Tobacco duty increases show lack of joined-up-thinking, says TMA

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The increase in tobacco duty rates by 2% above inflation announced in today’s Budget by the Chancellor of the Exchequer George Osborne shows a lack of joined up thinking, according to the Tobacco Manufacturers’ Association (TMA).

Christopher Ogden, chief executive of the TMA, said: “Government has today increased tobacco duties by 2% above inflation, which clearly demonstrates a complete lack of joined-up-thinking as taxation is the acknowledged driver of the illicit tobacco trade. The refreshed Tackling Tobacco Smuggling Strategy is to be announced shortly, yet this increase will only serve to undermine the effectiveness of this strategy.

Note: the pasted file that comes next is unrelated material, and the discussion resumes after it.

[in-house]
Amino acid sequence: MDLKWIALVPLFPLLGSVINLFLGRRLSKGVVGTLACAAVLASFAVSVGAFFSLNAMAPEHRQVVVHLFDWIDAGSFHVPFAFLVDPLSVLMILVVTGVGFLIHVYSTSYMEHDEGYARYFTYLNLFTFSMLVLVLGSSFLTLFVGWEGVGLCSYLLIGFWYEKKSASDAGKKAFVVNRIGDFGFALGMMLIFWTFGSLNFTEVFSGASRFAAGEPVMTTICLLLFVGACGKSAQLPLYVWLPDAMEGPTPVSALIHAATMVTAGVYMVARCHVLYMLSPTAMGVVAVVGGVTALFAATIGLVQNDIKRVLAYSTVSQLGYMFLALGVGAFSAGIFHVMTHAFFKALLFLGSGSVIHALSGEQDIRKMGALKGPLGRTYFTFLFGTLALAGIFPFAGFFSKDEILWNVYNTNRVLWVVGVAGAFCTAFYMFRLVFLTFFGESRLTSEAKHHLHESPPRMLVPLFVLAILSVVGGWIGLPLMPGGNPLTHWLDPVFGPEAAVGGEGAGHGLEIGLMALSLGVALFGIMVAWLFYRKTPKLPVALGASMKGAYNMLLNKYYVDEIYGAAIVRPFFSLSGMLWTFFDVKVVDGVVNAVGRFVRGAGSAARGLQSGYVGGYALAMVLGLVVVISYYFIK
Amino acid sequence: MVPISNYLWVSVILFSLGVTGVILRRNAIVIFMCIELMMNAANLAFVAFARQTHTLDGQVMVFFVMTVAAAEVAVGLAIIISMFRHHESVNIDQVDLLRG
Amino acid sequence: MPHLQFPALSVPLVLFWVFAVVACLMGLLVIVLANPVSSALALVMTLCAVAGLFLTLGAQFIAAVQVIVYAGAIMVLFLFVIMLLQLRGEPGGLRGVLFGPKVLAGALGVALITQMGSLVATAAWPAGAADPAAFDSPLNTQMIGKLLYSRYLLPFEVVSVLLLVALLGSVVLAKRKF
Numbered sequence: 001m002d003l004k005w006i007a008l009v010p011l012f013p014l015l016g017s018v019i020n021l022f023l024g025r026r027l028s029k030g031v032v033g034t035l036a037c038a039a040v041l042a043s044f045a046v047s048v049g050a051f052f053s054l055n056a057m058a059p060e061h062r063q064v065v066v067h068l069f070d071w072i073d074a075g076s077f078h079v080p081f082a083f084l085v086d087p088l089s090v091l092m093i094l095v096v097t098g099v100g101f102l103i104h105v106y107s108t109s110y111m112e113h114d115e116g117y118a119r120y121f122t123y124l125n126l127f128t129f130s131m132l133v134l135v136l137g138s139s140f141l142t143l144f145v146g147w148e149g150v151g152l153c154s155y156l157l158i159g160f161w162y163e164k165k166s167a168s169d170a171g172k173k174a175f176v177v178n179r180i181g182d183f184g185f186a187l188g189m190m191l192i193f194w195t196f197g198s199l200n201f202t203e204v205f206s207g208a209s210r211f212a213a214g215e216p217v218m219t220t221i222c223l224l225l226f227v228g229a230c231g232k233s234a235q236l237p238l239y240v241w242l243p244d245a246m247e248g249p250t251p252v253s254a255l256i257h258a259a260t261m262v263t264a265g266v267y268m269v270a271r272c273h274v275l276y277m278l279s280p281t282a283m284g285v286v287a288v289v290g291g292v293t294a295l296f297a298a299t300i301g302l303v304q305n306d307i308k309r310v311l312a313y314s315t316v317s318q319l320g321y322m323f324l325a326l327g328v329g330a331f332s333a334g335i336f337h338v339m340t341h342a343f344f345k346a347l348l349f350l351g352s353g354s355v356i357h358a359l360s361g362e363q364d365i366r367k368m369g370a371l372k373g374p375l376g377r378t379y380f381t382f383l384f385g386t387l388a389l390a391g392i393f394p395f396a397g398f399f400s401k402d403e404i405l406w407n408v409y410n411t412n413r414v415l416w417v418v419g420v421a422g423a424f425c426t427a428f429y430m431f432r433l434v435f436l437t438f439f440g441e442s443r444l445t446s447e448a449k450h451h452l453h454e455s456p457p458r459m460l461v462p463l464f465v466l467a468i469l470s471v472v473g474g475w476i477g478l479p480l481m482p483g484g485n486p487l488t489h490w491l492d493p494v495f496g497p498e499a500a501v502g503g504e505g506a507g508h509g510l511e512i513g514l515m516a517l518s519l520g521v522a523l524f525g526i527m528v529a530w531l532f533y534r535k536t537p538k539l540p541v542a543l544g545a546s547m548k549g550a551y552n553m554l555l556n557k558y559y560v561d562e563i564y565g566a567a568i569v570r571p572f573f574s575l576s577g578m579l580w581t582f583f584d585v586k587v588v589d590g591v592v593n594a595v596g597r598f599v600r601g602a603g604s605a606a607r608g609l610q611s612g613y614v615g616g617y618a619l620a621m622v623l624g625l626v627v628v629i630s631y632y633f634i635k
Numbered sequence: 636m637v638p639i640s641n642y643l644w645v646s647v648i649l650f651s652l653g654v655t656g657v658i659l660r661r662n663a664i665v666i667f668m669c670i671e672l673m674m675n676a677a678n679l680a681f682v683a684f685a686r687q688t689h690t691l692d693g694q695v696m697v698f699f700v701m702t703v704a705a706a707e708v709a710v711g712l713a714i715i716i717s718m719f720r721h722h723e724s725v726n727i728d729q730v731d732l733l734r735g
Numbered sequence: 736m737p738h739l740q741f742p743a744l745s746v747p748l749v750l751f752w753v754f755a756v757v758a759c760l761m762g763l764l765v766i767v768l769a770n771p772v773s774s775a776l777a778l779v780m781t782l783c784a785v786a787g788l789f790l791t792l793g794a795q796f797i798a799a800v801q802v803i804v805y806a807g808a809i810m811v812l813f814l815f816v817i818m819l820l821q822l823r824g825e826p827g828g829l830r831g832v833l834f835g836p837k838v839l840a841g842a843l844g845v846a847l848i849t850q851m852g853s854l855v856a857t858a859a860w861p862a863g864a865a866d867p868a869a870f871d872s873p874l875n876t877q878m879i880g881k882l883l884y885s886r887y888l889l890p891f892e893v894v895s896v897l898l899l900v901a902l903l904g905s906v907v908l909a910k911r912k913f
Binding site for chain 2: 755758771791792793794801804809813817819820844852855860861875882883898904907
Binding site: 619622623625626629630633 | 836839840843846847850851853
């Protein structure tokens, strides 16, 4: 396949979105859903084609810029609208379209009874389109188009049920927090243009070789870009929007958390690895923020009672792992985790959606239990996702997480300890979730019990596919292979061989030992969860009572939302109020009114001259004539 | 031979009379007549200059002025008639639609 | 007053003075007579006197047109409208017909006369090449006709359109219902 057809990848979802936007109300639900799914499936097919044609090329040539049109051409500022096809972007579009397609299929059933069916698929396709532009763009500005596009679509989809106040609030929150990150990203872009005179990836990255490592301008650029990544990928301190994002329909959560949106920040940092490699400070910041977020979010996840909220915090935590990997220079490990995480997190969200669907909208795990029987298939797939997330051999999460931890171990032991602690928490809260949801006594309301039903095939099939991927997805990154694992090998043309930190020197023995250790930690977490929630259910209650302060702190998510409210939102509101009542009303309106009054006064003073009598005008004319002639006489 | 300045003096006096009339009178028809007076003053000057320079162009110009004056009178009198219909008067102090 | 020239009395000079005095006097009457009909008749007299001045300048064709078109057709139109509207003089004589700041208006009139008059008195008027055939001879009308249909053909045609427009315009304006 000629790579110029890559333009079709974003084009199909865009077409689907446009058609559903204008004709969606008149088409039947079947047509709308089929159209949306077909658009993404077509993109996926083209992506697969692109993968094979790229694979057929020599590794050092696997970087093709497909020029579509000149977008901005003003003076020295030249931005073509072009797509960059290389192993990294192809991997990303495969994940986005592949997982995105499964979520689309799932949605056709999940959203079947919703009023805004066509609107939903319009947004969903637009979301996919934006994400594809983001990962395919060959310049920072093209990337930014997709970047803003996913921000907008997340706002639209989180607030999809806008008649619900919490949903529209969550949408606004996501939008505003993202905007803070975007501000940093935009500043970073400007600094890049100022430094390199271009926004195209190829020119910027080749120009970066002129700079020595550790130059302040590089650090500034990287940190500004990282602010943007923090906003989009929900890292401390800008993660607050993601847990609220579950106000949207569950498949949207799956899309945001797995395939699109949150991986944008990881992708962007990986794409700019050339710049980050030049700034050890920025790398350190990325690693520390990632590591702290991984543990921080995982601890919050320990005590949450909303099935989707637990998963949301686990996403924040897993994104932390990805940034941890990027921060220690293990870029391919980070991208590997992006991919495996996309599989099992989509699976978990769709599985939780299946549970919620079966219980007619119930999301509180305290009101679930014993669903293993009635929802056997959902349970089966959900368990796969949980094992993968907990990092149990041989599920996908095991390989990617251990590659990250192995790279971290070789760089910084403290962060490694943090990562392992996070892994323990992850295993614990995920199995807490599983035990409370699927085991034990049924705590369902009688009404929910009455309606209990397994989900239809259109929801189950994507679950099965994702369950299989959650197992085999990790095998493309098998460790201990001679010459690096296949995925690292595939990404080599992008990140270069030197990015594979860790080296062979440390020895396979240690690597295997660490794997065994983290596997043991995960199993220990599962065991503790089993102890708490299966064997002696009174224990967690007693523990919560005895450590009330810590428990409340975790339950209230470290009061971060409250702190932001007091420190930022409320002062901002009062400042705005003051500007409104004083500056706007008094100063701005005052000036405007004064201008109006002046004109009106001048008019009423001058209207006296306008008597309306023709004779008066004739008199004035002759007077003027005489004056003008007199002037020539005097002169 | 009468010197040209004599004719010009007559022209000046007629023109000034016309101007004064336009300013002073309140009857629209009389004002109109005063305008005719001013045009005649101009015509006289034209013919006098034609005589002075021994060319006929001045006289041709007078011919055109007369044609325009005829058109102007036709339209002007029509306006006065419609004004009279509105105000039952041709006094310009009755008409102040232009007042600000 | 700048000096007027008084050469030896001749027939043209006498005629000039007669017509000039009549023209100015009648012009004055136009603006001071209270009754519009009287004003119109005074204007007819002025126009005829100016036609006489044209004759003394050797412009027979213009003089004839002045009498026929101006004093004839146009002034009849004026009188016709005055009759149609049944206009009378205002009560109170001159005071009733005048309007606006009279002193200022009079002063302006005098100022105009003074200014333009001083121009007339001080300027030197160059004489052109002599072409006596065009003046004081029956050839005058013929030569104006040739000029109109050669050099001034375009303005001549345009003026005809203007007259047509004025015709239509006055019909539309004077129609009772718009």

”The Irish Government recognised that tax increases were driving the illicit trade in tobacco and decided not to raise duties in the last two Budgets. The Chancellor should have followed their example.”

According to latest data available from HM Revenue & Customs, up to 22% of cigarettes and 61% of handrolling tobacco consumed in 2008/09 avoided UK duty. This equates to a revenue loss to the Treasury of £3.8bn (£10.4m per day).

Odgen said: “As part of the Tackling Tobacco Smuggling review we are working closely with HMRC on a number of specific areas. This is an extremely positive development, but since January 2010 tobacco taxes in the UK have increased more than in any other EU Member State. With the further tax rise announced today, there is great concern that the cumulative effect of these tax increases will lead to an escalation in illicit trade.”